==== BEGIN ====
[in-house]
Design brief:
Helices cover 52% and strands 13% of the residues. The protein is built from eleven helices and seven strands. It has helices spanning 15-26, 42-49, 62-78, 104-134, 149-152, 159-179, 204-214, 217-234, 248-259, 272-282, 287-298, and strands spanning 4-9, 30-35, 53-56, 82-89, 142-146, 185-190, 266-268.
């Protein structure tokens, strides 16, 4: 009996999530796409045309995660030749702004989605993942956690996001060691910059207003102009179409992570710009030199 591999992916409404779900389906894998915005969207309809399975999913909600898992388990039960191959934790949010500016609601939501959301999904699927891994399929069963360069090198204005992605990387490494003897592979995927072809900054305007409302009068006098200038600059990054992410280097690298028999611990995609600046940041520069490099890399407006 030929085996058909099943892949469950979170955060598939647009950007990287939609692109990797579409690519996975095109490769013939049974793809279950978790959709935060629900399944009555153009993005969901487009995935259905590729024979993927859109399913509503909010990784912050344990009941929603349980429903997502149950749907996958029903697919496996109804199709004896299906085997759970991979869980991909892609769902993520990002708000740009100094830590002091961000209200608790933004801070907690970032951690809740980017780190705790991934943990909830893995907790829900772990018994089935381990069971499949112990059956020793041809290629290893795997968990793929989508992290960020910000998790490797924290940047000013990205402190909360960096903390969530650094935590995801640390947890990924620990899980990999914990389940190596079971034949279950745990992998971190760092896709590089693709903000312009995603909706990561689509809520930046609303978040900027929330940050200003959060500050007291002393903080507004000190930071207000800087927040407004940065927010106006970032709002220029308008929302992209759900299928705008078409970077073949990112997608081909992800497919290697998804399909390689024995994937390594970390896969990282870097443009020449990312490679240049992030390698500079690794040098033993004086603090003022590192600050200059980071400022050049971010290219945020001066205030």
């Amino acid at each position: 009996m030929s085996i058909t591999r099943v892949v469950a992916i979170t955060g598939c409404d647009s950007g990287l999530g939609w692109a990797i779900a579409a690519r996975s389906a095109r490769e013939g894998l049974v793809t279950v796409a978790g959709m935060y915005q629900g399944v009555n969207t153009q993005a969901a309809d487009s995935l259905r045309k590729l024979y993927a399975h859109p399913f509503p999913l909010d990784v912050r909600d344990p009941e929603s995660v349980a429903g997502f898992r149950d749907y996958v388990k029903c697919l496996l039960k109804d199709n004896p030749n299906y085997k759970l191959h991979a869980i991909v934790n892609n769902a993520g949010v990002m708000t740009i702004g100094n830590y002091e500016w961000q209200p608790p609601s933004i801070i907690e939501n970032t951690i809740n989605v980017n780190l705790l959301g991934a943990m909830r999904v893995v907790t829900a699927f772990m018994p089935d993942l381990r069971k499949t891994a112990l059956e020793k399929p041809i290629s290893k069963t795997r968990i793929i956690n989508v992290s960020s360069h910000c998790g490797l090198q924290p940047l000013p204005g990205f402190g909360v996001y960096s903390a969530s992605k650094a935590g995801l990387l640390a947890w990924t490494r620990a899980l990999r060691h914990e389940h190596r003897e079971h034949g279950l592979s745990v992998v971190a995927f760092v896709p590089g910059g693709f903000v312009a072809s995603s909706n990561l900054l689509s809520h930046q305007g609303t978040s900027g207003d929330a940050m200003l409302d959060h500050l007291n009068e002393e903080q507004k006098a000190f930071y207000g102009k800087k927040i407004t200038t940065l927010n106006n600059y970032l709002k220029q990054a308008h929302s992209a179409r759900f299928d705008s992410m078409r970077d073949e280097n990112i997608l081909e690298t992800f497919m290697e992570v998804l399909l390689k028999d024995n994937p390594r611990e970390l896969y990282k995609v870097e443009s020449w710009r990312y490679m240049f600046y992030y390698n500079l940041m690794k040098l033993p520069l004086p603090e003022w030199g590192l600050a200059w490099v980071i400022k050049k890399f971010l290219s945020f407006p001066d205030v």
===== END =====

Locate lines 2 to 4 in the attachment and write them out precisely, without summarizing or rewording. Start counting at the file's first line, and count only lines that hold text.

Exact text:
Design brief:
Helices cover 52% and strands 13% of the residues. The protein is built from eleven helices and seven strands. It has helices spanning 15-26, 42-49, 62-78, 104-134, 149-152, 159-179, 204-214, 217-234, 248-259, 272-282, 287-298, and strands spanning 4-9, 30-35, 53-56, 82-89, 142-146, 185-190, 266-268.
């Protein structure tokens, strides 16, 4: 009996999530796409045309995660030749702004989605993942956690996001060691910059207003102009179409992570710009030199 591999992916409404779900389906894998915005969207309809399975999913909600898992388990039960191959934790949010500016609601939501959301999904699927891994399929069963360069090198204005992605990387490494003897592979995927072809900054305007409302009068006098200038600059990054992410280097690298028999611990995609600046940041520069490099890399407006 030929085996058909099943892949469950979170955060598939647009950007990287939609692109990797579409690519996975095109490769013939049974793809279950978790959709935060629900399944009555153009993005969901487009995935259905590729024979993927859109399913509503909010990784912050344990009941929603349980429903997502149950749907996958029903697919496996109804199709004896299906085997759970991979869980991909892609769902993520990002708000740009100094830590002091961000209200608790933004801070907690970032951690809740980017780190705790991934943990909830893995907790829900772990018994089935381990069971499949112990059956020793041809290629290893795997968990793929989508992290960020910000998790490797924290940047000013990205402190909360960096903390969530650094935590995801640390947890990924620990899980990999914990389940190596079971034949279950745990992998971190760092896709590089693709903000312009995603909706990561689509809520930046609303978040900027929330940050200003959060500050007291002393903080507004000190930071207000800087927040407004940065927010106006970032709002220029308008929302992209759900299928705008078409970077073949990112997608081909992800497919290697998804399909390689024995994937390594970390896969990282870097443009020449990312490679240049992030390698500079690794040098033993004086603090003022590192600050200059980071400022050049971010290219945020001066205030």